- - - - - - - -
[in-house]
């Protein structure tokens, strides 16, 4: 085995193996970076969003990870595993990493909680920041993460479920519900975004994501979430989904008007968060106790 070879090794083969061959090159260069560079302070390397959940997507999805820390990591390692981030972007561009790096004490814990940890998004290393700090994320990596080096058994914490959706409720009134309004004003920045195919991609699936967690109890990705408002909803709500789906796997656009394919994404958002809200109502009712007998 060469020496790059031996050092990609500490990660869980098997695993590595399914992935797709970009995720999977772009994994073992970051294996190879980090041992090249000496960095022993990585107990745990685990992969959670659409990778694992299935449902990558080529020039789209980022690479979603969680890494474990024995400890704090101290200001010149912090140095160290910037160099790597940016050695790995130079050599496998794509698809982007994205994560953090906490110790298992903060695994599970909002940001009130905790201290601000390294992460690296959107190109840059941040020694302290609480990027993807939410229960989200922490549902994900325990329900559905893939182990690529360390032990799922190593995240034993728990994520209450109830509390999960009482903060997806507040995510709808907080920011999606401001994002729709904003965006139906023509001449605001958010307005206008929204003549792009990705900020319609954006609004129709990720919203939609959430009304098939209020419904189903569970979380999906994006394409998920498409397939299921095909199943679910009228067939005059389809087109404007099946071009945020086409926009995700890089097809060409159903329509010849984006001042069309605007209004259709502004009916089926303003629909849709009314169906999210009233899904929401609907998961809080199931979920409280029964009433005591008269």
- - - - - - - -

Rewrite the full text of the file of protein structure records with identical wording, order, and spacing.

[in-house]
């Protein structure tokens, strides 16, 4: 085995193996970076969003990870595993990493909680920041993460479920519900975004994501979430989904008007968060106790 070879090794083969061959090159260069560079302070390397959940997507999805820390990591390692981030972007561009790096004490814990940890998004290393700090994320990596080096058994914490959706409720009134309004004003920045195919991609699936967690109890990705408002909803709500789906796997656009394919994404958002809200109502009712007998 060469020496790059031996050092990609500490990660869980098997695993590595399914992935797709970009995720999977772009994994073992970051294996190879980090041992090249000496960095022993990585107990745990685990992969959670659409990778694992299935449902990558080529020039789209980022690479979603969680890494474990024995400890704090101290200001010149912090140095160290910037160099790597940016050695790995130079050599496998794509698809982007994205994560953090906490110790298992903060695994599970909002940001009130905790201290601000390294992460690296959107190109840059941040020694302290609480990027993807939410229960989200922490549902994900325990329900559905893939182990690529360390032990799922190593995240034993728990994520209450109830509390999960009482903060997806507040995510709808907080920011999606401001994002729709904003965006139906023509001449605001958010307005206008929204003549792009990705900020319609954006609004129709990720919203939609959430009304098939209020419904189903569970979380999906994006394409998920498409397939299921095909199943679910009228067939005059389809087109404007099946071009945020086409926009995700890089097809060409159903329509010849984006001042069309605007209004259709502004009916089926303003629909849709009314169906999210009233899904929401609907998961809080199931979920409280029964009433005591008269």